Please use this identifier to cite or link to this item: http://hdl.handle.net/1893/3306
Appears in Collections:Biological and Environmental Sciences Journal Articles
Peer Review Status: Refereed
Title: Feedback interactions between needle litter decomposition and rhizosphere activity
Authors: Subke, Jens-Arne
Hahn, Volker
Battipaglia, Giovanna
Linder, Sune
Buchmann, Nina
Cotrufo, M Francesca
Contact Email: jens-arne.subke@stir.ac.uk
Keywords: Soil organic matter
Stable C isotopes
Forest girdling
Soil CO2 efflux
Microbial biomass
Issue Date: May-2004
Publisher: Springer Verlag
Citation: Subke J, Hahn V, Battipaglia G, Linder S, Buchmann N & Cotrufo MF (2004) Feedback interactions between needle litter decomposition and rhizosphere activity, Oecologia, 139 (4), pp. 551-559.
Abstract: The aim of our study was to identify interactions between the decomposition of aboveground litter and rhizosphere activity. The experimental approach combined the placement of labelled litter (δ13C=−37.9‰) with forest girdling in a 35-year-old Norway spruce stand, resulting in four different treatment combinations: GL (girdled, litter), GNL (girdled, no litter), NGL (not girdled, litter), and NGNL (not girdled, no litter). Monthly sampling of soil CO2 efflux and δ13C of soil respired CO2 between May and October 2002 allowed the partitioning of the flux into that derived from the labelled litter, and that derived from native soil organic matter and roots. The effect of forest girdling on soil CO2 efflux was detectable from June (girdling took place in April), and resulted in GNL fluxes to be about 50% of NGNL fluxes by late August. The presence of litter resulted in significantly increased fluxes for the first 2 months of the experiment, with significantly greater litter derived fluxes from non-girdled plots and a significant interaction between girdling and litter treatments over the same period. For NGL collars, the additional efflux was found to originate only in part from litter decomposition, but also from the decay of native soil organic matter. In GL collars, this priming effect was not significant, indicating an active role of the rhizosphere in soil priming. The results therefore indicate mutual positive feedbacks between litter decomposition and rhizosphere activity. Soil biological analysis (microbial and fungal biomass) of the organic layers indicated greatest activity below NGL collars, and we suppose that this increase indicates the mechanism of mutual positive feedback between rhizosphere activity and litter decomposition. However, elimination of fresh C input from both above- and belowground (GNL) also resulted in greater fungal abundance than for the NGNL treatment, indicating likely changes in fungal community structure (i.e. a shift from symbiotic to saprotrophic species abundance).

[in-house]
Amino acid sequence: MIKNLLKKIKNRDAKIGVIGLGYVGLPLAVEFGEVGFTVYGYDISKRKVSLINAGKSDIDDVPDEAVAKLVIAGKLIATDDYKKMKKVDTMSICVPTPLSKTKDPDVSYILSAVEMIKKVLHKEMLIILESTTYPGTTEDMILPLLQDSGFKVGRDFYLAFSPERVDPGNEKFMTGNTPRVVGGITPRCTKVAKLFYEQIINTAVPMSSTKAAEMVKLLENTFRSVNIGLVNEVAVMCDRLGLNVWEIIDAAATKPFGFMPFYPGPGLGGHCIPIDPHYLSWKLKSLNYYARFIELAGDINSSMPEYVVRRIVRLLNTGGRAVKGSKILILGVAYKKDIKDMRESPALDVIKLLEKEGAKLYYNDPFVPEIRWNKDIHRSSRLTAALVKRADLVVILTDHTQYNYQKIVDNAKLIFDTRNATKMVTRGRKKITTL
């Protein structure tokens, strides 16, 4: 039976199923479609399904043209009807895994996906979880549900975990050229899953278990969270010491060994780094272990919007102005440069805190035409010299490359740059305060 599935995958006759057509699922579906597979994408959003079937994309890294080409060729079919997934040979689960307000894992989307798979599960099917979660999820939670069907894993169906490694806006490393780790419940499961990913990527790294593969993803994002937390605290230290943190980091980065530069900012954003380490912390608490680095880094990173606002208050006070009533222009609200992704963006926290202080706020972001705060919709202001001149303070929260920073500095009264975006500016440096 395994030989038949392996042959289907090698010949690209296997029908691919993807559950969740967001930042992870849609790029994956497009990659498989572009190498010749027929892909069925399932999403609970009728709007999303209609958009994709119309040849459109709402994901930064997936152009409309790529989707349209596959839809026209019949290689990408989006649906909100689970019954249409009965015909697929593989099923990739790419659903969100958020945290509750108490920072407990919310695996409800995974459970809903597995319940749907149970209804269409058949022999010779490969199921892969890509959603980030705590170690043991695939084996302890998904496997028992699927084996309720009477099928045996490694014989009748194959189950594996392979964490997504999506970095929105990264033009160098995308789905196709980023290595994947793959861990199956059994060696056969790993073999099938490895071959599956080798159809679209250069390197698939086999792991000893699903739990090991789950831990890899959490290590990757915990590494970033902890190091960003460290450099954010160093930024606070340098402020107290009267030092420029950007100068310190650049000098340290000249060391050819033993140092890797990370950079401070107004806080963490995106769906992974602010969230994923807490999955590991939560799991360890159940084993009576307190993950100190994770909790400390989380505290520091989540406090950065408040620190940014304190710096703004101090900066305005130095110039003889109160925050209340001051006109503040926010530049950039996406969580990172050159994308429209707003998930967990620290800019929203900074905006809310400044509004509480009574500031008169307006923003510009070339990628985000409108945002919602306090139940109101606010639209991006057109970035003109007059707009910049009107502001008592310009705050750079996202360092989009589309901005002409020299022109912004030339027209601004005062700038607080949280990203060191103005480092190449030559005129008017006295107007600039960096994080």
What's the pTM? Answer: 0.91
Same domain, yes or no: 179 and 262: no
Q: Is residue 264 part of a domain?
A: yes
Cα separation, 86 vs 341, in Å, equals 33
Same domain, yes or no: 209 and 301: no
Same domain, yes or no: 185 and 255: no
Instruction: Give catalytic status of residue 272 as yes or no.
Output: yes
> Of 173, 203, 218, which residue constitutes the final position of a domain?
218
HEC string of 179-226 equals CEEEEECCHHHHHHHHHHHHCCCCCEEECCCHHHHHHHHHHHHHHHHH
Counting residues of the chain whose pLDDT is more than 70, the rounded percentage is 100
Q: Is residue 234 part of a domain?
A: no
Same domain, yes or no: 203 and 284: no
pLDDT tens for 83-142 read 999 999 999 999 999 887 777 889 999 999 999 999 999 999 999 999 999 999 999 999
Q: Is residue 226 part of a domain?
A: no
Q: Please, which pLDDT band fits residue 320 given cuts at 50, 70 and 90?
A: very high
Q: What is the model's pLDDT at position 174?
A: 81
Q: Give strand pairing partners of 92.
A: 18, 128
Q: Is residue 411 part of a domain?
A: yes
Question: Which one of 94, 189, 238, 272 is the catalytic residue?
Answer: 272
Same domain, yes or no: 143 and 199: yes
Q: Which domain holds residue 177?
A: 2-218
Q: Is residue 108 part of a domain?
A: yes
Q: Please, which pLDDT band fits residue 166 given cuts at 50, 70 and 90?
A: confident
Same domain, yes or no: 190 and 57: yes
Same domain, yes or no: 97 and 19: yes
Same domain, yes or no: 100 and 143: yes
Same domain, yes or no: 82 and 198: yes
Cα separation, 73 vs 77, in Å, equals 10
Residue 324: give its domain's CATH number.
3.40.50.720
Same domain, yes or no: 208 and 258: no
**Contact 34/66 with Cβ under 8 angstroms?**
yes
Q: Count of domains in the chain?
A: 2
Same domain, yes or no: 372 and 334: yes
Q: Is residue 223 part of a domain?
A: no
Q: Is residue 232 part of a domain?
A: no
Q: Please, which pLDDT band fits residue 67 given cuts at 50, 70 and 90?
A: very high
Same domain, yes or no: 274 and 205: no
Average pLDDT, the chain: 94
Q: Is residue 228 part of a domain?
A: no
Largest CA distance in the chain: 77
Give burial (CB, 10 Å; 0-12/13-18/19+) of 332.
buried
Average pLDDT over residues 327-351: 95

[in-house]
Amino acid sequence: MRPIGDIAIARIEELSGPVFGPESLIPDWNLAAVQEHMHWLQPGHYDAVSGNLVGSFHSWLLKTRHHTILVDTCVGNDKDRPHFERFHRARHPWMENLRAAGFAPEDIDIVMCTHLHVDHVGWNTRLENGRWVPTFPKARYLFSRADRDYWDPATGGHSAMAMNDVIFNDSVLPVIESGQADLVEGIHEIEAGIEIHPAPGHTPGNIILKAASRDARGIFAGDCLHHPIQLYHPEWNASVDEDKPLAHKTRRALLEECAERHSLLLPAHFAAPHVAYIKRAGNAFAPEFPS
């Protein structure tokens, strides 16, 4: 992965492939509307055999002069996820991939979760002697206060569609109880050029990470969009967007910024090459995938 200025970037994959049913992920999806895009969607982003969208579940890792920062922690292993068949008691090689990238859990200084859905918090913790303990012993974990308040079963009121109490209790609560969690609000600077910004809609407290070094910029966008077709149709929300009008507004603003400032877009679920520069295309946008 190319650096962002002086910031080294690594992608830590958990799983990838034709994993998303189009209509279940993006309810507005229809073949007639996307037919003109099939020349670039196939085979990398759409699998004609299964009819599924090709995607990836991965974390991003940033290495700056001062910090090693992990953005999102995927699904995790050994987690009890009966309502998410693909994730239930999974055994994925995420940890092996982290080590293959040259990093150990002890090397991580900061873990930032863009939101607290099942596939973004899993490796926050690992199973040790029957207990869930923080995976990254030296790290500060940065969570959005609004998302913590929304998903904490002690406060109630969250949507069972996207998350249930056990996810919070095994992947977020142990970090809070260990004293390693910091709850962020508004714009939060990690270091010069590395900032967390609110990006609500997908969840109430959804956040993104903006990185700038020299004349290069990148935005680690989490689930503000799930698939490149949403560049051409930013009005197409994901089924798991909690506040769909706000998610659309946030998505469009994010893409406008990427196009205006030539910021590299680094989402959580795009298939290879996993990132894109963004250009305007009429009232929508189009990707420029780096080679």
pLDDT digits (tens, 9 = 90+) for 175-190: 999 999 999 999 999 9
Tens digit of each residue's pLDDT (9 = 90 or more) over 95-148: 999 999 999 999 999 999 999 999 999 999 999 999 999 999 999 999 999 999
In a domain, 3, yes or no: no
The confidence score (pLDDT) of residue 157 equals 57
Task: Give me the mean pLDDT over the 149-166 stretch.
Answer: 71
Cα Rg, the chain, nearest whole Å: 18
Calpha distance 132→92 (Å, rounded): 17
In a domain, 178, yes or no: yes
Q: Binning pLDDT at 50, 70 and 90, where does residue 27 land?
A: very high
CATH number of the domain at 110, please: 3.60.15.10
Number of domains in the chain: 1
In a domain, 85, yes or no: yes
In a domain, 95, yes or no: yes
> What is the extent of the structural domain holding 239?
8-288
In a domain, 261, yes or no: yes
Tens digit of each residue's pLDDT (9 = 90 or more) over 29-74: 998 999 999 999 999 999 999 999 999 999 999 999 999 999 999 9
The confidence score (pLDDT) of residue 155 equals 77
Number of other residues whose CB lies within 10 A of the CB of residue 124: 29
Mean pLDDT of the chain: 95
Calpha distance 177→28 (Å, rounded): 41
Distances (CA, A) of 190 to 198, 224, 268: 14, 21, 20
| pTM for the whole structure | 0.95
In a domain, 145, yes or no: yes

Type: Journal Article
URI: http://hdl.handle.net/1893/3306
DOI Link: http://dx.doi.org/10.1007/s00442-004-1540-4
Rights: The publisher does not allow this work to be made publicly available in this Repository. Please use the Request a Copy feature at the foot of the Repository record to request a copy directly from the author; you can only request a copy if you wish to use this work for your own research or private study.
Affiliation: Biological and Environmental Sciences
Max-Planck-Institute for Biogeochemistry, Germany
Second University of Naples
Swedish University of Agricultural Sciences
Max-Planck-Institute for Biogeochemistry, Germany
Second University of Naples

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